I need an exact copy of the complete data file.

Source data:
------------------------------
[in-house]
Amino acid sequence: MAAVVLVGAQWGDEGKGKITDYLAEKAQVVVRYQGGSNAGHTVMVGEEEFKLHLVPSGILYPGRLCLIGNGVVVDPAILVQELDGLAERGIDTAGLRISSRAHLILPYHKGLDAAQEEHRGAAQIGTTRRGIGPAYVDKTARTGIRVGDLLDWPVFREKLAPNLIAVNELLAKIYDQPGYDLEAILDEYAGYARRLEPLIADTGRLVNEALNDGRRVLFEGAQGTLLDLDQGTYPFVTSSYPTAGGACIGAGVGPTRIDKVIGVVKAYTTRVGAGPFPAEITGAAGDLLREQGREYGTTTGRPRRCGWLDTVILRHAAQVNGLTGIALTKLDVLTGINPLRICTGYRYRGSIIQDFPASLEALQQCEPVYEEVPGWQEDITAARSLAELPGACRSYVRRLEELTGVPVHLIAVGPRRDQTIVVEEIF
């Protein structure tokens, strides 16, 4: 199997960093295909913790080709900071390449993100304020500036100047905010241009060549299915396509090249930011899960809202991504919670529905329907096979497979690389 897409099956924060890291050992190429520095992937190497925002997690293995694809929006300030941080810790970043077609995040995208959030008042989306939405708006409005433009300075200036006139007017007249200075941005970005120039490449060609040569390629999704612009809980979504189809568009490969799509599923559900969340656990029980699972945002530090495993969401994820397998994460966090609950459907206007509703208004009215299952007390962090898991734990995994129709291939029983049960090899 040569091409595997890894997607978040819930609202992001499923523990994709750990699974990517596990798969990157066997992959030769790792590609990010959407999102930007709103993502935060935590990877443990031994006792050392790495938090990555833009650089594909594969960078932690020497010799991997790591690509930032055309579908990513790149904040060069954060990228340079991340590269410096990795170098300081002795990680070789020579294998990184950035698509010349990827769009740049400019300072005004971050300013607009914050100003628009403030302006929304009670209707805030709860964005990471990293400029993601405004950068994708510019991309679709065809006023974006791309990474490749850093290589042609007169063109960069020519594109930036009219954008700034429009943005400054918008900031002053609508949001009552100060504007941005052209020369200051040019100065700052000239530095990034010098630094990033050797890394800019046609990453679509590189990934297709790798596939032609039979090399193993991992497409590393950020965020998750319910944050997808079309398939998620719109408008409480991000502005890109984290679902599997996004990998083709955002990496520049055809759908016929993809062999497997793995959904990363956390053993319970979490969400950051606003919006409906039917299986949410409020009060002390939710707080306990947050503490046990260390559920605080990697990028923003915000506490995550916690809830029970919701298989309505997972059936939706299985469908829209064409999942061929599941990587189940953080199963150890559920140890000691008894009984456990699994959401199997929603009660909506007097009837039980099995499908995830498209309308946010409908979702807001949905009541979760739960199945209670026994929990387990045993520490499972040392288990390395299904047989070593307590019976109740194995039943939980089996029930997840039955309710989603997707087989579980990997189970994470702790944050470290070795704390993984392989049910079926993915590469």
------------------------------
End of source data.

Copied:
[in-house]
Amino acid sequence: MAAVVLVGAQWGDEGKGKITDYLAEKAQVVVRYQGGSNAGHTVMVGEEEFKLHLVPSGILYPGRLCLIGNGVVVDPAILVQELDGLAERGIDTAGLRISSRAHLILPYHKGLDAAQEEHRGAAQIGTTRRGIGPAYVDKTARTGIRVGDLLDWPVFREKLAPNLIAVNELLAKIYDQPGYDLEAILDEYAGYARRLEPLIADTGRLVNEALNDGRRVLFEGAQGTLLDLDQGTYPFVTSSYPTAGGACIGAGVGPTRIDKVIGVVKAYTTRVGAGPFPAEITGAAGDLLREQGREYGTTTGRPRRCGWLDTVILRHAAQVNGLTGIALTKLDVLTGINPLRICTGYRYRGSIIQDFPASLEALQQCEPVYEEVPGWQEDITAARSLAELPGACRSYVRRLEELTGVPVHLIAVGPRRDQTIVVEEIF
């Protein structure tokens, strides 16, 4: 199997960093295909913790080709900071390449993100304020500036100047905010241009060549299915396509090249930011899960809202991504919670529905329907096979497979690389 897409099956924060890291050992190429520095992937190497925002997690293995694809929006300030941080810790970043077609995040995208959030008042989306939405708006409005433009300075200036006139007017007249200075941005970005120039490449060609040569390629999704612009809980979504189809568009490969799509599923559900969340656990029980699972945002530090495993969401994820397998994460966090609950459907206007509703208004009215299952007390962090898991734990995994129709291939029983049960090899 040569091409595997890894997607978040819930609202992001499923523990994709750990699974990517596990798969990157066997992959030769790792590609990010959407999102930007709103993502935060935590990877443990031994006792050392790495938090990555833009650089594909594969960078932690020497010799991997790591690509930032055309579908990513790149904040060069954060990228340079991340590269410096990795170098300081002795990680070789020579294998990184950035698509010349990827769009740049400019300072005004971050300013607009914050100003628009403030302006929304009670209707805030709860964005990471990293400029993601405004950068994708510019991309679709065809006023974006791309990474490749850093290589042609007169063109960069020519594109930036009219954008700034429009943005400054918008900031002053609508949001009552100060504007941005052209020369200051040019100065700052000239530095990034010098630094990033050797890394800019046609990453679509590189990934297709790798596939032609039979090399193993991992497409590393950020965020998750319910944050997808079309398939998620719109408008409480991000502005890109984290679902599997996004990998083709955002990496520049055809759908016929993809062999497997793995959904990363956390053993319970979490969400950051606003919006409906039917299986949410409020009060002390939710707080306990947050503490046990260390559920605080990697990028923003915000506490995550916690809830029970919701298989309505997972059936939706299985469908829209064409999942061929599941990587189940953080199963150890559920140890000691008894009984456990699994959401199997929603009660909506007097009837039980099995499908995830498209309308946010409908979702807001949905009541979760739960199945209670026994929990387990045993520490499972040392288990390395299904047989070593307590019976109740194995039943939980089996029930997840039955309710989603997707087989579980990997189970994470702790944050470290070795704390993984392989049910079926993915590469």